Insomnia is a sleep disorder that affects approximately 10% of adults in the United States. It is characterized by difficulty with falling asleep, staying asleep, and/or waking up too early, at least three times per week for a period of three months or more. Contrary to some beliefs that insomnia will get better by itself over time, evidence suggests that it will persist if not actively treated. In one study, 37.5% of patients with insomnia reported that their insomnia was still a problem five years later.
What are common treatment options used for insomnia?
Perhaps the most common nonpharmacological intervention used for insomnia is something called sleep hygiene. It describes a series of good sleep habits to engage in (such as keeping your bedroom quiet at night) and ones to avoid (turning off electronic devices before going to bed).
Unfortunately, as many patients know, sleep hygiene is not a very effective treatment for insomnia when implemented by itself. When sleep hygiene is used as one part of a multimodal approach, such as cognitive behavioral therapy for insomnia, it can be an effective complement to other important strategies. While cognitive behavioral therapy for insomnia is recommended as the gold-standard treatment by the American Academy of Sleep Medicine and the American College of Physicians, finding a clinician with expertise in behavioral sleep medicine can be a challenge — even via telemedicine.
Integrative treatment approaches are popular
Many people are interested in pursuing other treatment options for insomnia that do not involve prescription medications. Increasing evidence suggests that a number of approaches may be beneficial, including mindfulness-based practices and mind-body movement practices like yoga. Some people may use dietary supplements such as valerian, melatonin, chamomile, and cannabis, though evidence is more limited regarding their efficacy. You should always tell your doctor if you are taking any dietary supplements, as these may interact with other prescription medications.
An integrative option for people with insomnia and a psychiatric disorder
Insomnia is a common issue for people with a psychiatric disorder, possibly because of overlapping neurobiology. For example, someone with insomnia is 10 times more likely than someone without insomnia to also have depression. Among patients receiving psychiatric care, compression and weight have been used therapeutically. It has been hypothesized that the calming (and possibly sleep-promoting) effects of such an approach may be similar to what is experienced with acupressure or massage.
A team of researchers at the Karolinska Institute in Stockholm, Sweden conducted a study to determine whether a weighted metal chain blanket could improve insomnia symptoms compared to a light plastic chain blanket. They recruited outpatients with elevated insomnia symptoms who were being treated for one of several mood disorders: major depressive disorder, bipolar disorder, generalized anxiety disorder, or attention deficit hyperactivity disorder (ADHD).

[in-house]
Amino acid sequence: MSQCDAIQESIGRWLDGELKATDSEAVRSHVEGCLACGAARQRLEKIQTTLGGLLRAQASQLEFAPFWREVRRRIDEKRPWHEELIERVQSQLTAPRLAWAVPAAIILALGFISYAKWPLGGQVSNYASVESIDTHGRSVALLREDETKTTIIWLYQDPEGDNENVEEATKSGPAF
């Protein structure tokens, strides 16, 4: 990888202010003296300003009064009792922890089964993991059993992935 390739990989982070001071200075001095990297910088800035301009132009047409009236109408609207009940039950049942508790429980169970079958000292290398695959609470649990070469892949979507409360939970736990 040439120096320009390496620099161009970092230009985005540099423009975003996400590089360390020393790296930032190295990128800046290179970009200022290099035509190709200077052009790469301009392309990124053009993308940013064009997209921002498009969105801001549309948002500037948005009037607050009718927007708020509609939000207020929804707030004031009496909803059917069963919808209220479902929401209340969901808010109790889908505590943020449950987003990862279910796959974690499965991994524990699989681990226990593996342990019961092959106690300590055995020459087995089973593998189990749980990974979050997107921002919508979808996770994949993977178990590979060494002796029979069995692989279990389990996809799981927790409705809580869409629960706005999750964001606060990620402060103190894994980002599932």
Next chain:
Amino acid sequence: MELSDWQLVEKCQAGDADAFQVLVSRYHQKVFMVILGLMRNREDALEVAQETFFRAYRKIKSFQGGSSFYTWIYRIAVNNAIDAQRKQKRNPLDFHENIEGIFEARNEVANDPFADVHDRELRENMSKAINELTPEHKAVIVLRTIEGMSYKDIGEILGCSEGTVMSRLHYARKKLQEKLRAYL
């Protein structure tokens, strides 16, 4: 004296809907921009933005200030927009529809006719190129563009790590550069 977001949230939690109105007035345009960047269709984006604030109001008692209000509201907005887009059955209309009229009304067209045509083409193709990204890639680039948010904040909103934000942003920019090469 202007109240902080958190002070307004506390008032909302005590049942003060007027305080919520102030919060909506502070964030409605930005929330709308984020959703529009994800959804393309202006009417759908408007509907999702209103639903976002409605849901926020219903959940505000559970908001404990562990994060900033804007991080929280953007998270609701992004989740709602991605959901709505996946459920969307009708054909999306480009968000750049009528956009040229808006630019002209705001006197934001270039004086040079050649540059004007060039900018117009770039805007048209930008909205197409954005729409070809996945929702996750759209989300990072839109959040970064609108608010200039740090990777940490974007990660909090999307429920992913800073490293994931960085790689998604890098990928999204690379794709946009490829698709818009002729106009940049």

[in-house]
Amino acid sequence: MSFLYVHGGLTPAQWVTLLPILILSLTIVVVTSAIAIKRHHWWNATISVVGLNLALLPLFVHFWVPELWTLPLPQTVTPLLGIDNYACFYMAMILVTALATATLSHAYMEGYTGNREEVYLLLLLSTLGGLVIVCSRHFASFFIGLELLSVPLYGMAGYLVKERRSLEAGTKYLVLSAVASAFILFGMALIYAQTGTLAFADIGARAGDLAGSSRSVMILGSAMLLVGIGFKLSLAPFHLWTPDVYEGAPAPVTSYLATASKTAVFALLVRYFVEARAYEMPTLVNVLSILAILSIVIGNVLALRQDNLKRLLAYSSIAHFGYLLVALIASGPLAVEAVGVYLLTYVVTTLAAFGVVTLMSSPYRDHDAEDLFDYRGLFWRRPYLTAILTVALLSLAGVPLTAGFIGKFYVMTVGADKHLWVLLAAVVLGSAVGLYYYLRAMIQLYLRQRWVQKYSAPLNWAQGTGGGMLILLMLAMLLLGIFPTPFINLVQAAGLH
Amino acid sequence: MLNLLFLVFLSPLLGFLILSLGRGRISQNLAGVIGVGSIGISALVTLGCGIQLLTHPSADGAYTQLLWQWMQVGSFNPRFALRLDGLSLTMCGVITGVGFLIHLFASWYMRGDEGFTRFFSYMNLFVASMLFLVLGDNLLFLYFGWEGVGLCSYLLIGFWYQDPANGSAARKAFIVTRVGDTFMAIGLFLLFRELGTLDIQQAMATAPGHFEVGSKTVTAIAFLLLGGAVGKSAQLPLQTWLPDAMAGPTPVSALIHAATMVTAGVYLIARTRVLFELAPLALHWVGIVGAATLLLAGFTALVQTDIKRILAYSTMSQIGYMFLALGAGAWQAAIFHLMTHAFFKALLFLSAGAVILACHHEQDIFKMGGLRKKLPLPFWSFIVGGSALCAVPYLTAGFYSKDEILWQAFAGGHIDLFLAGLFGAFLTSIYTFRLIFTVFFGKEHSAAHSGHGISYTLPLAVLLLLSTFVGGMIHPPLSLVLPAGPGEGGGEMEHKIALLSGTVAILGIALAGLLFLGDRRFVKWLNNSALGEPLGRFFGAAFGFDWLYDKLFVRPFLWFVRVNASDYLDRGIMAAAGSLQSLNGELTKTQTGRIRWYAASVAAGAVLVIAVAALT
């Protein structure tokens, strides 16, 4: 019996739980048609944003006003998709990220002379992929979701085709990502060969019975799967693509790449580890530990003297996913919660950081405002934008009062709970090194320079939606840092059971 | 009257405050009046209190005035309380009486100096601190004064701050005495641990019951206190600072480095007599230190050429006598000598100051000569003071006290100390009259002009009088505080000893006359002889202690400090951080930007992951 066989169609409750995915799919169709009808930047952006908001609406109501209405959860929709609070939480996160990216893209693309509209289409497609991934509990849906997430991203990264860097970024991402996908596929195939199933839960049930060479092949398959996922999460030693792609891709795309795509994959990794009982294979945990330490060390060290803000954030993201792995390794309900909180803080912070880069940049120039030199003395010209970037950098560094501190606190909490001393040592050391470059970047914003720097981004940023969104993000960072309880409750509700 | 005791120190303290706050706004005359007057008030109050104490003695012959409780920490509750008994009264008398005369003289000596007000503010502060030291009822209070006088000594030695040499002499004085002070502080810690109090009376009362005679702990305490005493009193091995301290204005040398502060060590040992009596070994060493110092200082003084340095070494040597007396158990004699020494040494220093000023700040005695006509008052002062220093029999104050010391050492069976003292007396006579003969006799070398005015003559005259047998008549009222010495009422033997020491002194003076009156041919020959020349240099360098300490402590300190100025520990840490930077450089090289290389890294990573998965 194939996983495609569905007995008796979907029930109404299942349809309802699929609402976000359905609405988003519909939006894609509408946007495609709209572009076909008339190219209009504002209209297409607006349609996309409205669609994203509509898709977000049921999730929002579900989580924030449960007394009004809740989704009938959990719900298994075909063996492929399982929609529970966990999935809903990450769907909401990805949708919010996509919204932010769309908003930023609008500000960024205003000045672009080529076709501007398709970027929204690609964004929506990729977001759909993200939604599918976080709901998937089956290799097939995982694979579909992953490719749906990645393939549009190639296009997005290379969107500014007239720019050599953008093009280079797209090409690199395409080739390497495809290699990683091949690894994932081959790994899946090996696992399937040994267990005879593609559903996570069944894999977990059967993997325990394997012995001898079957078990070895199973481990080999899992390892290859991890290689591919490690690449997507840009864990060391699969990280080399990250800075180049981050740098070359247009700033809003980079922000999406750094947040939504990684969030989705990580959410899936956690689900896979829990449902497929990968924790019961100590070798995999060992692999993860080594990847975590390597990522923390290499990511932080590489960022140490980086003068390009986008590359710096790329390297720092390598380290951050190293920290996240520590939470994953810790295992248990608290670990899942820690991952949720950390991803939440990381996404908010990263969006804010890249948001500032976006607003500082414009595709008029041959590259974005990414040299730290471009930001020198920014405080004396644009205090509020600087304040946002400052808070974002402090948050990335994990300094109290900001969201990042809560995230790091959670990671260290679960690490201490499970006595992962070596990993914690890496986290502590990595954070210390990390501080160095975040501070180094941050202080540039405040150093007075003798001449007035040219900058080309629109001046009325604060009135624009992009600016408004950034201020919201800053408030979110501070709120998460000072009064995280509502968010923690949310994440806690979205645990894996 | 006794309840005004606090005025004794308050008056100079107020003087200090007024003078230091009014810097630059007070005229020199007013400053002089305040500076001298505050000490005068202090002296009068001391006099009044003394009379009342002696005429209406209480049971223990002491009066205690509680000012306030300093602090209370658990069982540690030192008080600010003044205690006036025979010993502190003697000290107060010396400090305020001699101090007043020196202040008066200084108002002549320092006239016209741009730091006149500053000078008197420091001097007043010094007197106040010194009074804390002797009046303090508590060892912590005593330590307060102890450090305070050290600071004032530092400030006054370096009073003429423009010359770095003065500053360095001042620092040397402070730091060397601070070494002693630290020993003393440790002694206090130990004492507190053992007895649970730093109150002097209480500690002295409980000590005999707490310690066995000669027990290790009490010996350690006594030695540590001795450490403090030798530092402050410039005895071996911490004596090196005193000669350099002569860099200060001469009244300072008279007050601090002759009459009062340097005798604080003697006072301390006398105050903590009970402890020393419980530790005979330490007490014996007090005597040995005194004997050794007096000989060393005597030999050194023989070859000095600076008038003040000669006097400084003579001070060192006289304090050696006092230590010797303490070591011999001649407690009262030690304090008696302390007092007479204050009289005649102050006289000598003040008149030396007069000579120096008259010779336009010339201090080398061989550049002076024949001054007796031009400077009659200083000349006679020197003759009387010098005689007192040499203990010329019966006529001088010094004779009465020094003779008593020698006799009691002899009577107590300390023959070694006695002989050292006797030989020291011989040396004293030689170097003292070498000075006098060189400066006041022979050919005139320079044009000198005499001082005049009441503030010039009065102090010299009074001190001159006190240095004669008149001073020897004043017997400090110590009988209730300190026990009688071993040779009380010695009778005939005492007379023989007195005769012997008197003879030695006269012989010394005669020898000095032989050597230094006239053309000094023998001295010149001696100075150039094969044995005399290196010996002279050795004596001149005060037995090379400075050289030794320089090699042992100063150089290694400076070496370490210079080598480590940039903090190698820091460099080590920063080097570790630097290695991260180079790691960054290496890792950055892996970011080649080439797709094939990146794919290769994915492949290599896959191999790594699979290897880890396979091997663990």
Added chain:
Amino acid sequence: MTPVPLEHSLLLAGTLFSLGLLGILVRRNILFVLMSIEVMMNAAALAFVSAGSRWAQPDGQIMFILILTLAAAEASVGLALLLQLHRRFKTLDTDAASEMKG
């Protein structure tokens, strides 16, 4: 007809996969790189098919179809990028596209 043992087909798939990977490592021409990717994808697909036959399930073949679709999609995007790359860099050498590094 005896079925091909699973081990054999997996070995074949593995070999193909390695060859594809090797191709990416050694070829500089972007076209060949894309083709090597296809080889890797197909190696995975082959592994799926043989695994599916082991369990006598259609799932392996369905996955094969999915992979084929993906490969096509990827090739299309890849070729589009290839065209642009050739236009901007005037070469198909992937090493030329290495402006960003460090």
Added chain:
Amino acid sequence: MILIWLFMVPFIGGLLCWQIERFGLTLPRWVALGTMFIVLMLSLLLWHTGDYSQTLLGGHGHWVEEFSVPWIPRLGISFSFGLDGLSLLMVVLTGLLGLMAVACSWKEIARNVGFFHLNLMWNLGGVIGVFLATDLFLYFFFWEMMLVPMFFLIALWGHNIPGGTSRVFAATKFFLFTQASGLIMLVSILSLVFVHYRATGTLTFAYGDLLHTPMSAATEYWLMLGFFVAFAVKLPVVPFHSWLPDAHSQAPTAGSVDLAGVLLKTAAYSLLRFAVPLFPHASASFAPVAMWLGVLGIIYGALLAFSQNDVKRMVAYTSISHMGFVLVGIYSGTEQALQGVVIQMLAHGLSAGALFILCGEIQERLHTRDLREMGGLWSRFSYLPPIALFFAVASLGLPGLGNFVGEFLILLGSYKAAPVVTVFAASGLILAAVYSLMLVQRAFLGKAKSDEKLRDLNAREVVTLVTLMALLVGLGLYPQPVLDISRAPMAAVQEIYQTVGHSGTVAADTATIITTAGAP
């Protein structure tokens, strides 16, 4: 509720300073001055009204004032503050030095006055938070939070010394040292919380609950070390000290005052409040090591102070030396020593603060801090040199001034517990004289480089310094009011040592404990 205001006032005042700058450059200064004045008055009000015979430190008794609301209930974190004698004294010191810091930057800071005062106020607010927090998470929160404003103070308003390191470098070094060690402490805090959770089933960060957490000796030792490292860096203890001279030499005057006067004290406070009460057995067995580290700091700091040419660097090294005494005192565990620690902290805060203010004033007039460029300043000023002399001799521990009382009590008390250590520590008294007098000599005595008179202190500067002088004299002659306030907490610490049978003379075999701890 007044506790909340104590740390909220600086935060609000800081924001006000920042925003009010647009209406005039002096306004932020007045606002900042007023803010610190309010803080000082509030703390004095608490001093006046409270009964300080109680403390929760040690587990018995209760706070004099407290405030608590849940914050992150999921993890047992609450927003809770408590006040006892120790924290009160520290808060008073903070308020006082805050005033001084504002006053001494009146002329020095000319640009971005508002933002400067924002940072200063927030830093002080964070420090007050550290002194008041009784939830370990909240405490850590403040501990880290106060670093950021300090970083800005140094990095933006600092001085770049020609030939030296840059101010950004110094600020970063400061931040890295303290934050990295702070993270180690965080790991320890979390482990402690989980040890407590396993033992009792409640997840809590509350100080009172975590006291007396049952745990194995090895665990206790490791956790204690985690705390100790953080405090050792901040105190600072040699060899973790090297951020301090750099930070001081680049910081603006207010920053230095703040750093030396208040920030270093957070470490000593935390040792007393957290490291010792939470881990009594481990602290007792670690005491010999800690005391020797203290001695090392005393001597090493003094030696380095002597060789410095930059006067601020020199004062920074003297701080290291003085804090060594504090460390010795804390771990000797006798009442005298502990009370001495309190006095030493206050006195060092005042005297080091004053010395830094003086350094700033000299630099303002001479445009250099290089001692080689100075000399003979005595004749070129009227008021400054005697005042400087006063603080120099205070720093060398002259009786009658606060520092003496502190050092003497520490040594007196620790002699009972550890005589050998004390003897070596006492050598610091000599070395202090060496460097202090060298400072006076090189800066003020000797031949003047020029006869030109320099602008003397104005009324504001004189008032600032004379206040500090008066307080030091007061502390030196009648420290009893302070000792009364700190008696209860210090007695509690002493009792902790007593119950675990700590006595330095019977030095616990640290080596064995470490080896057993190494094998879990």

Participants were randomly assigned to receive either a weighted metal chain blanket or a light blanket with plastic chains that were sewn on, which were the same shape and size as the metal chains on the weighted blanket. Those who were provided with a weighted metal chain blanket first tried on an 8-kilogram (17.6 pound) blanket. If this was too heavy, a 6-kilogram (13.2 pound) blanket was then provided. Over a four-week period, their sleep was assessed using surveys and a wrist-based device called an actigraph.
What did the researchers learn?
Participants who used the weighted metal chain blanket reported that their insomnia symptom severity declined significantly, while those who had used the light blanket did not experience such notable improvements. Furthermore, depressive symptoms and anxiety symptoms decreased much more for those who used the weighted blanket than those who used the light blanket. This secondary finding is consistent with other work showing that interventions designed to treat insomnia can have a meaningful impact on mood.
These promising findings are tempered by data showing that there were no significant improvements to key insomnia metrics, such as the amount of time spent awake after falling asleep, when sleep was tracked objectively using the actigraph. Other research conducted in children has also failed to demonstrate that weighted blankets significantly change sleep outcomes when measured using an actigraph.
Should you buy a weighted blanket?
While these findings are intriguing, more research is needed. It is important to note that there is a very real placebo effect for insomnia symptoms. This means that if you are someone who believes a weighted blanket could have a positive effect on your sleep tonight… well, it's quite possible that it will. For healthy adults, weighted blankets are considered safe as long as the individual can lift the blanket off when necessary. Because sleep is such a subjective experience, the cost of a weighted blanket may be money well spent — as long as you don’t forget that there are other options available to treat insomnia, with much more research data to support their effectiveness.
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